Moth wings inspire sound absorbing wallpaper

Installers delivering acoustic treatments could soon have a new tool in their toolbox in the form of moth-inspired, sound-absorbing wallpaper.

Researchers at the University of Bristol in the UK discovered that scales of moth wings act as excellent sound absorbers and have been studying whether their structure could help create better performing sound absorbing panels.

Moths developed the noise-cancelling scales as protection from bats that locate and prey on the insects using sound waves.

In a press release Professor Marc Holderied, of Bristol’s School of Biological Sciences, said: “What we needed to know first, was how well these moth scales would perform if they were in front of an acoustically highly reflective surface, such as a wall.

“We also needed to find out how the mechanisms of absorption might change when the scales were interacting with this surface.”

Professor Holderied and his team tested this by placing small sections of moth wings on an aluminium disc, then systematically tested how orientation of the wing with respect to the incoming sound and the removal of scale layers affected absorption.

Their research showed that moth wings were excellent sound absorbers, even when on top of an acoustical solid substrate, with the wings absorbing as much as 87% of the incoming sound energy. The effect is also broadband and omnidirectional, covering a wide range of frequencies and sound incident angles.

“What is even more impressive is that the wings are doing this whilst being incredibly thin, with the scale layer being only 1/50th of the thickness of the wavelength of the sound that they are absorbing,” explained lead author Dr Thomas Neil. “This extraordinary performance qualifies the moth wing as a natural occurring acoustic absorbing metasurface, a material that has unique properties and capabilities, that are not possible to create using conventional materials.”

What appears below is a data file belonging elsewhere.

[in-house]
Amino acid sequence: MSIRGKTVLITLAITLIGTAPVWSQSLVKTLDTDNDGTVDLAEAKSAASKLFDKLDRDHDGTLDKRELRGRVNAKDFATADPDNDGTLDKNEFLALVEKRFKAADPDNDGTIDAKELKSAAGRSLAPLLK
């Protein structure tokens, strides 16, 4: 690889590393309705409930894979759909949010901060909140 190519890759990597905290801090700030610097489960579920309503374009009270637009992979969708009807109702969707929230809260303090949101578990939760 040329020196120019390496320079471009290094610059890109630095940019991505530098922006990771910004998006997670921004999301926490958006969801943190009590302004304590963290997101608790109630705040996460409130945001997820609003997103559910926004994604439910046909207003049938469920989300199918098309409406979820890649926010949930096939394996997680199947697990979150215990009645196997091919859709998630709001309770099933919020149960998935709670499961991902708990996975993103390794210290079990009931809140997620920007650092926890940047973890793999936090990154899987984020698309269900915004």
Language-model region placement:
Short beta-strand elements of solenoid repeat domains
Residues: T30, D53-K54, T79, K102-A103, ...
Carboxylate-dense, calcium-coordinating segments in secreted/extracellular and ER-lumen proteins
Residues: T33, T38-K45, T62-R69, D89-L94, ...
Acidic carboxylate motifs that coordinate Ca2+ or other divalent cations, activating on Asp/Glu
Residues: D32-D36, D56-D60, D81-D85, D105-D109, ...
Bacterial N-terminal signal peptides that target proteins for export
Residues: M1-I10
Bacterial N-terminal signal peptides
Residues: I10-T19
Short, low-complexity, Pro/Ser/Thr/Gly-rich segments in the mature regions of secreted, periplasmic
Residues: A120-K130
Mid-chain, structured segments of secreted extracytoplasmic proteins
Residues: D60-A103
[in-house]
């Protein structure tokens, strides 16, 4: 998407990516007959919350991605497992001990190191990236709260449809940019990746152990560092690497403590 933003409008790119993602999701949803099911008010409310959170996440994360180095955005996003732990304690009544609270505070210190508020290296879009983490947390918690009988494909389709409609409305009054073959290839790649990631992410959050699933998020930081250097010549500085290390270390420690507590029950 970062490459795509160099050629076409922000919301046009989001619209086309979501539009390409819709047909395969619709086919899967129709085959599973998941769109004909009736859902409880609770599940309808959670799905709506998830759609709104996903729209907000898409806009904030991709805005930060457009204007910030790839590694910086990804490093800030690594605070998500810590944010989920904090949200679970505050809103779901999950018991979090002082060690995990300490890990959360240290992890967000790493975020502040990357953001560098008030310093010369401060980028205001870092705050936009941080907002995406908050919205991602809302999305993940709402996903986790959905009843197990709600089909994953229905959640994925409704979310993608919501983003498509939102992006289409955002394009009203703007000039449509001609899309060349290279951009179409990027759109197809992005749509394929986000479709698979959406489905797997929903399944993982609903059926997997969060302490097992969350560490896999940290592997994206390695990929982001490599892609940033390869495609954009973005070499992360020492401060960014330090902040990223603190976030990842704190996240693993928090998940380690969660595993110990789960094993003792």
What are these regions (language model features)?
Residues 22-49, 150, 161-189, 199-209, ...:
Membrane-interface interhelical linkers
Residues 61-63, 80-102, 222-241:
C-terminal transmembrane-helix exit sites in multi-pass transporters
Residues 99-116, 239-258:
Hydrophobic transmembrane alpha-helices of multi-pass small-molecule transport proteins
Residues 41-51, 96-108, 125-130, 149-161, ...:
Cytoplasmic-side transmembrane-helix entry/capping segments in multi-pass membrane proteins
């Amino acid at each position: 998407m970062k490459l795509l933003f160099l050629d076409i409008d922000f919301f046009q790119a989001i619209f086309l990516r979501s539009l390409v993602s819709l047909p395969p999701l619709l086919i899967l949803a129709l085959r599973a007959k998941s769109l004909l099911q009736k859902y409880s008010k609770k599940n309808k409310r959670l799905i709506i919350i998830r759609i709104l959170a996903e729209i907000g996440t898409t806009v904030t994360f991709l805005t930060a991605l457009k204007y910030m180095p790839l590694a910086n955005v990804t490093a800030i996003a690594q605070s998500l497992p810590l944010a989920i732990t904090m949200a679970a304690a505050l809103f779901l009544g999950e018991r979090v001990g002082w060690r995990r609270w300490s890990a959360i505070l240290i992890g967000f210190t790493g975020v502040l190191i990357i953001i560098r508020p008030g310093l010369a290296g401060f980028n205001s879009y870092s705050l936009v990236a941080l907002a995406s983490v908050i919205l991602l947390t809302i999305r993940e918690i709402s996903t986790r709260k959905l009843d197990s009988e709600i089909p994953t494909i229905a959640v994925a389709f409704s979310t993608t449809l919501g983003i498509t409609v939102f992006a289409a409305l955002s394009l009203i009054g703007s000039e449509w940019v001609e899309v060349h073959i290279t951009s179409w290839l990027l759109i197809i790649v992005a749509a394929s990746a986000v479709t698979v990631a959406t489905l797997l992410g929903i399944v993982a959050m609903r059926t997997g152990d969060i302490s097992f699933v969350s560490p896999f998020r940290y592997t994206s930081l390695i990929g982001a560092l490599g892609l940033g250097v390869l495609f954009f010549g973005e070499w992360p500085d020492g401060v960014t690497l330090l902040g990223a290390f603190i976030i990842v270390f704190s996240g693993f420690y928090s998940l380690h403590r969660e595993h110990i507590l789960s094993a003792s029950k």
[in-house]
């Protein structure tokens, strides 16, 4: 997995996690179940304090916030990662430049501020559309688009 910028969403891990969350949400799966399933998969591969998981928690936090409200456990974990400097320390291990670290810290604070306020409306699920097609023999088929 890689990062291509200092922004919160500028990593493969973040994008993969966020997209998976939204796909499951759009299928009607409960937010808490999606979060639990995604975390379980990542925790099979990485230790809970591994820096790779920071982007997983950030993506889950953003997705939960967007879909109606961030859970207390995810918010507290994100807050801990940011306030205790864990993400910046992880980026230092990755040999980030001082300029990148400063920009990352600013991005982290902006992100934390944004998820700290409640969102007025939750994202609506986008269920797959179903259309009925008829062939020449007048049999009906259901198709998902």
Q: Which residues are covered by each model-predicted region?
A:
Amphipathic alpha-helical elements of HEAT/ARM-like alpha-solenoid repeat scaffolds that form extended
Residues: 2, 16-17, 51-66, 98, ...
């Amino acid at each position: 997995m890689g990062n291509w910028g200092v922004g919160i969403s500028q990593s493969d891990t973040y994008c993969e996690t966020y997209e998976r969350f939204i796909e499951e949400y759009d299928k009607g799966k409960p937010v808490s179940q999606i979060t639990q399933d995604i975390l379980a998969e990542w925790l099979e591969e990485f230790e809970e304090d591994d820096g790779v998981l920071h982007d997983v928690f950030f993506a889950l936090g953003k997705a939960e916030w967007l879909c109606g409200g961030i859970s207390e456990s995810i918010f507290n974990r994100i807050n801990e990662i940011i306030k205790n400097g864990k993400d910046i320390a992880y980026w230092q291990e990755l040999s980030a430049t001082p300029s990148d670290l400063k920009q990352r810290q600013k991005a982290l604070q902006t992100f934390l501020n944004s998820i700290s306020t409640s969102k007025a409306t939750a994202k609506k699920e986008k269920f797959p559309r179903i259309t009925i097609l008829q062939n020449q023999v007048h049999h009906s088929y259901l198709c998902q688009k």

Now the scientists plan to replicate the sound absorbing performance by designing and building prototypes based on the sound absorbing mechanisms of the moth. The absorption that they have characterised in moth wing scales is all in the ultrasound frequency range, out of the range of human hearing. They now plan to design a structure that will work at lower frequencies whilst retaining the same ultrathin architecture employed by moths. 

Professor Holderied concluded: “Moths are going to inspire the next generation of sound absorbing materials.

“New research has shown that one day it will be possible to adorn the walls of your house with ultrathin sound absorbing wallpaper, using a design that copies the mechanisms that gives moths stealth acoustic camouflage.”

Top image credit: Wirestock Creators/Shutterstock.com

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